Have just had a call from a lady currently homeless, she rang from a police station and was desperate for help so I am taking her 6 years old Westie today. There have been so many calls requesting help for dogs and cats it is overwhelming so it is a case of prioritising the most urgent. If only I could help them all.

Sunday, 20 June 2010

Shane is our first potty(or wheelbarrow)trained horse.

Well can you believe it - the couple who travelled to see Misty did not like her!!! The man said he failed to bond with her! What does that mean? She came out ready to make a fuss, went up to him jumped up gently and rolled on her back for a tickle.What else did he want. Anyhow Im glad they did not take her, this is a super little dog and it is their loss.

The ferret DOES appear to be blind and her glands were up so she is on antibiotics which are administered in her water bowl.She is eating a little but has not much of an appetite so is clearly not feeling 100 percent.The lump on her head has now vanished which is most peculiar but it has definitely gone. I have quite taken to this one and wish I could have her in the house to nurse through her poorly time but somehow I dont think she would go down too well with the residents there. I have been told of someone who may offer a home to her so I will follow that up. In the meantime she is going back to the vet for more tests.

The photo of Shane looks like he is using the wheelbarrow for a potty but in fact he was simply having a good scratch as animals do and the wheelbarrow happened to be the nearest availalable object on which he was able to do this satisfactorily. If only they were potty trained! There is no doubt that it is an arduous task poo picking all the fields but the upside is that on a sunny day you can aquire rather a good tan and its better than being stuck in an office all day. Rumour has it that wealthy horse owners use a contraption similar to a lawn mower which hoovers up the manure. Now that really would be useful but until our boat comes in we will all have to continue doing what horse owners have done since time immemorial - pick manually. I was reading Liz Jones diary in the Mail and once again she is bemoaning the fact that she has so much work to do with her animals, well Liz, thats what happens when you have a multitude of pets.It IS hard work and as you has found , it is expensive too. AND it does not always endear you to neighbours as I also have discovered. Nor is it conducive to personal relationships, the list goes on and on but you know what , I would not have it any other way. I would hate to have a life of shallowness, absorption in oneself and obsessed with material things. Not that I am saying you do either, your love for animals clearly shines out through your column .Personally I would feel my life would not be justified without making a contribution of some sort to the community and dont get me wrong I love clothes too and wish I could afford designer stuff too but it is not the be all and end all of life. Money worries are a terrible drain on emotions and even physical well being but I have had them most of my life because of my choice of lifestyle taking in animals and have never led a life of excess (though I have often aspired to do so, or at least to experience it for a while!)So there you have it, Im sure Liz will never read my blog but you never know and if she does my advice to her is that if she is that unhappy then she should find a solution and act upon it. Where there is a will theres a way, life is too short for regrets. And Liz, if you have any designer clothes or handbags (non leather please) you are bored with please send them to my address.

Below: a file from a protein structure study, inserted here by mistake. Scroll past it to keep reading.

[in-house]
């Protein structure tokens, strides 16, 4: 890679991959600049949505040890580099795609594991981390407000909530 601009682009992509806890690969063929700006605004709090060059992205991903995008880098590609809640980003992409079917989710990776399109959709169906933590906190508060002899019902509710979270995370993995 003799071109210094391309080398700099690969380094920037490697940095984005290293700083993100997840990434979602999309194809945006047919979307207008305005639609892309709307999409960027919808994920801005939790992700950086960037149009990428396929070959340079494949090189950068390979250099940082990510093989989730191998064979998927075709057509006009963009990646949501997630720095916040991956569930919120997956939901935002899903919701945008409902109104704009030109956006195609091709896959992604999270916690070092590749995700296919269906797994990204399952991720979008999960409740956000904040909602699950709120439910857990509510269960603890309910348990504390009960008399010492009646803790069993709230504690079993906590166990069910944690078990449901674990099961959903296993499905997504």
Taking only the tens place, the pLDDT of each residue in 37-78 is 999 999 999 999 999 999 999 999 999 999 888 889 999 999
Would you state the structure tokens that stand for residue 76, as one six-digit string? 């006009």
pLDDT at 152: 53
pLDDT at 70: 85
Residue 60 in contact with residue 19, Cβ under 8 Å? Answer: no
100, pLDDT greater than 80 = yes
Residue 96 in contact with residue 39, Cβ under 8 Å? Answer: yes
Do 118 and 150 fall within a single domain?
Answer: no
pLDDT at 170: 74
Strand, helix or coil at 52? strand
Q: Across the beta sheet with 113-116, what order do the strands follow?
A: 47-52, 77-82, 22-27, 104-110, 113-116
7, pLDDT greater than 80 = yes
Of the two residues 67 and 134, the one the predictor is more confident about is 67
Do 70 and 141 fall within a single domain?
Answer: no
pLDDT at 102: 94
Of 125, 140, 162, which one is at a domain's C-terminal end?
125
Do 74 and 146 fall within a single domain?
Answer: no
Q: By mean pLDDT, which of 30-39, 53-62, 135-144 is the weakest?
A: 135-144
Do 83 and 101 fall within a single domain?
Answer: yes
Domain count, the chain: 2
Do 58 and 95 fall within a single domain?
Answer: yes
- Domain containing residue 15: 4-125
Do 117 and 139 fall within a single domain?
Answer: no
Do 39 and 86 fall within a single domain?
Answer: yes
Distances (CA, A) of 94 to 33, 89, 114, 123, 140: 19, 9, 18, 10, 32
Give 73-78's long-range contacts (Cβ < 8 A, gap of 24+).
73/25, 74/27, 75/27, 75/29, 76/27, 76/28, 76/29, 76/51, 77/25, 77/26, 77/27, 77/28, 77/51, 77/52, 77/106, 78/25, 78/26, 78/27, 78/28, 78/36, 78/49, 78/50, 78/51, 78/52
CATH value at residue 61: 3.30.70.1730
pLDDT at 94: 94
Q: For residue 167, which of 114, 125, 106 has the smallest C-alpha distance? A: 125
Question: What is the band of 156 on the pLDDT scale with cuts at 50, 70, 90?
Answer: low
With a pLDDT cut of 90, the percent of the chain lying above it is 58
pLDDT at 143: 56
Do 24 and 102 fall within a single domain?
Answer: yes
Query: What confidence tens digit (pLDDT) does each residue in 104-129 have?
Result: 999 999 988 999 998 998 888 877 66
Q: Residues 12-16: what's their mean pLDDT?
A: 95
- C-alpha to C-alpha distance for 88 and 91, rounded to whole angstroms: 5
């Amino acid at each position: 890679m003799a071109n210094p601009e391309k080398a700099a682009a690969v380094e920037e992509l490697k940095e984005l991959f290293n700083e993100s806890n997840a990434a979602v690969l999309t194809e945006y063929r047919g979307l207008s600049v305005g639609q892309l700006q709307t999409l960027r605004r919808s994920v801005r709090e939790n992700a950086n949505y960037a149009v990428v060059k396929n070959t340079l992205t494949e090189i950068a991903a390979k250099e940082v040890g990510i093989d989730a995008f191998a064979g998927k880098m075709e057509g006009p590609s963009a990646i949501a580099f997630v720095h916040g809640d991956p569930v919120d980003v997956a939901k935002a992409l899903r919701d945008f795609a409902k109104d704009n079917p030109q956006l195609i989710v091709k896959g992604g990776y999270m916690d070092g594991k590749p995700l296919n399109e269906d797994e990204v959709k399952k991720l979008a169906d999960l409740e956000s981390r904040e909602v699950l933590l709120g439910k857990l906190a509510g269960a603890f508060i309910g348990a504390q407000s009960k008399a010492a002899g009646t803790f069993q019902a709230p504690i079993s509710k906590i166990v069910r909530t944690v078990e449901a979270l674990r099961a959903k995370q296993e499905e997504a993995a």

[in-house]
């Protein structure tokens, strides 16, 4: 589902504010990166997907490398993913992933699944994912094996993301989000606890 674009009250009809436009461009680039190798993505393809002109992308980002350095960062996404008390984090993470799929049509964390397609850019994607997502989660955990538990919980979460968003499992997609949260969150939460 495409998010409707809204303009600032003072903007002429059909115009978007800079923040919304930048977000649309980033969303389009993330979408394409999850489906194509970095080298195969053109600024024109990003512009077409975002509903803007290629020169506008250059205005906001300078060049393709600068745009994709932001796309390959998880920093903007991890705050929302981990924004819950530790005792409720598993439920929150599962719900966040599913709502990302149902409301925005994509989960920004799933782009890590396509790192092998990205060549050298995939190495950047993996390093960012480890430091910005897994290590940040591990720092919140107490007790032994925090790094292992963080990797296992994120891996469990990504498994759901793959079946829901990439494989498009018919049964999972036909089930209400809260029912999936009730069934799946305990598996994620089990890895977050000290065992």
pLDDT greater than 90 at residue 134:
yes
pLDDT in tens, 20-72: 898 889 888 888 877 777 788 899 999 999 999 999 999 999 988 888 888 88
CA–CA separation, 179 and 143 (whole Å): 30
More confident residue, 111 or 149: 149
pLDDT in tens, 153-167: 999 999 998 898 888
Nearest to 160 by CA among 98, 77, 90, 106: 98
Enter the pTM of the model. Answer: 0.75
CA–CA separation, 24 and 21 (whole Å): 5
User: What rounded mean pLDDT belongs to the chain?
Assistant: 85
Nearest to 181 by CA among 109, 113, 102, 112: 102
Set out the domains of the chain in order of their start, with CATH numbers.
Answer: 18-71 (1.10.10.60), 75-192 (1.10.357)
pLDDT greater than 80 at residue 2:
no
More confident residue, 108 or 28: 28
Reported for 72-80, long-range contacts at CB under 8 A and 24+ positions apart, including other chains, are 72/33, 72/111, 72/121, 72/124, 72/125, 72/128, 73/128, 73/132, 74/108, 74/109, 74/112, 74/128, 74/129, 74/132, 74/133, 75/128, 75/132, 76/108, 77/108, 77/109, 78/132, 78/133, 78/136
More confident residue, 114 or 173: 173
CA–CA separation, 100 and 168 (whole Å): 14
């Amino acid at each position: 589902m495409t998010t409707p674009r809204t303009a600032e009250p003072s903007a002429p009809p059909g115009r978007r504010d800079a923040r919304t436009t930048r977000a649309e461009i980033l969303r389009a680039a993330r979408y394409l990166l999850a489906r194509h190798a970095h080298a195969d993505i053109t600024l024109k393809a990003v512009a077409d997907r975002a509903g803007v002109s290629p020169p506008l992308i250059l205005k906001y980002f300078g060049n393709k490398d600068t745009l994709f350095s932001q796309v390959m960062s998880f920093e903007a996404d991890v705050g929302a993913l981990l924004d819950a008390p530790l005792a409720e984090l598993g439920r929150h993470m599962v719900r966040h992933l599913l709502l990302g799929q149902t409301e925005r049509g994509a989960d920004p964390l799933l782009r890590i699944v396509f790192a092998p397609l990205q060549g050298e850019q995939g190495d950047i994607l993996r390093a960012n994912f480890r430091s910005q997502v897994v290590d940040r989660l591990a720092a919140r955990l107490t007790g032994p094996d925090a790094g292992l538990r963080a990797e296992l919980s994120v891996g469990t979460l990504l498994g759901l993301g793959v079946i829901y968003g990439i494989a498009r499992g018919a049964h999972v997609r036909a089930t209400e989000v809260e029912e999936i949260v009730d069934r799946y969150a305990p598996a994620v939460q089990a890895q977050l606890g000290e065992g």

Meg Collie has gone to a local home(for a change)thought here is a strong possibility that Tess may be returned this coming week. Although she is great with the child of the household, she has shown nervousness and has barked and jumped at a neighbours child. There are plenty of home offers for her so if she does come back I will send her to an adult home.